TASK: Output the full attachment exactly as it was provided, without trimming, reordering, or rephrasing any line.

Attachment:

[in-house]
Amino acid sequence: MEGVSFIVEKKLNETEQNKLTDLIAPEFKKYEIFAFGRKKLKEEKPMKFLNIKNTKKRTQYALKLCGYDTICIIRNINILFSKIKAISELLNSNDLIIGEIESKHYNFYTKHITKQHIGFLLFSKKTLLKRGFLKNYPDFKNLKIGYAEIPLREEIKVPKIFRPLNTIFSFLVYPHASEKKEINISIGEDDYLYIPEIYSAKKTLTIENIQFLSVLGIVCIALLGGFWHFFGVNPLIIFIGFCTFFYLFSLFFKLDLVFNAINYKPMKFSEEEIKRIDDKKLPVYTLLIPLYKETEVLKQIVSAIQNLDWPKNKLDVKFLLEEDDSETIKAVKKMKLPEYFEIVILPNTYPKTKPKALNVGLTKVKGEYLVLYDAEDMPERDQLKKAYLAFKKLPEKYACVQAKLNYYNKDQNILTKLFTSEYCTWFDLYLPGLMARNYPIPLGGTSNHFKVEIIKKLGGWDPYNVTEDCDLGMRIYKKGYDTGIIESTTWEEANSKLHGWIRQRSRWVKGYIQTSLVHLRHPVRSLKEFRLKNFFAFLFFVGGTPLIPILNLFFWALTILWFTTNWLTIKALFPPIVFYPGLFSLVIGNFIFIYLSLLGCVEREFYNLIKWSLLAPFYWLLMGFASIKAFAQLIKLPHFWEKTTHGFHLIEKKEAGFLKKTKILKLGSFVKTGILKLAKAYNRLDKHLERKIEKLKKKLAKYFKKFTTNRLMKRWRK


[in-house]
Amino acid sequence: MEGVSFIVEKKLNETEQNKLTDLIAPEFKKYEIFAFGRKKLKEEKPMKFLNIKNTKKRTQYALKLCGYDTICIIRNINILFSKIKAISELLNSNDLIIGEIESKHYNFYTKHITKQHIGFLLFSKKTLLKRGFLKNYPDFKNLKIGYAEIPLREEIKVPKIFRPLNTIFSFLVYPHASEKKEINISIGEDDYLYIPEIYSAKKTLTIENIQFLSVLGIVCIALLGGFWHFFGVNPLIIFIGFCTFFYLFSLFFKLDLVFNAINYKPMKFSEEEIKRIDDKKLPVYTLLIPLYKETEVLKQIVSAIQNLDWPKNKLDVKFLLEEDDSETIKAVKKMKLPEYFEIVILPNTYPKTKPKALNVGLTKVKGEYLVLYDAEDMPERDQLKKAYLAFKKLPEKYACVQAKLNYYNKDQNILTKLFTSEYCTWFDLYLPGLMARNYPIPLGGTSNHFKVEIIKKLGGWDPYNVTEDCDLGMRIYKKGYDTGIIESTTWEEANSKLHGWIRQRSRWVKGYIQTSLVHLRHPVRSLKEFRLKNFFAFLFFVGGTPLIPILNLFFWALTILWFTTNWLTIKALFPPIVFYPGLFSLVIGNFIFIYLSLLGCVEREFYNLIKWSLLAPFYWLLMGFASIKAFAQLIKLPHFWEKTTHGFHLIEKKEAGFLKKTKILKLGSFVKTGILKLAKAYNRLDKHLERKIEKLKKKLAKYFKKFTTNRLMKRWRK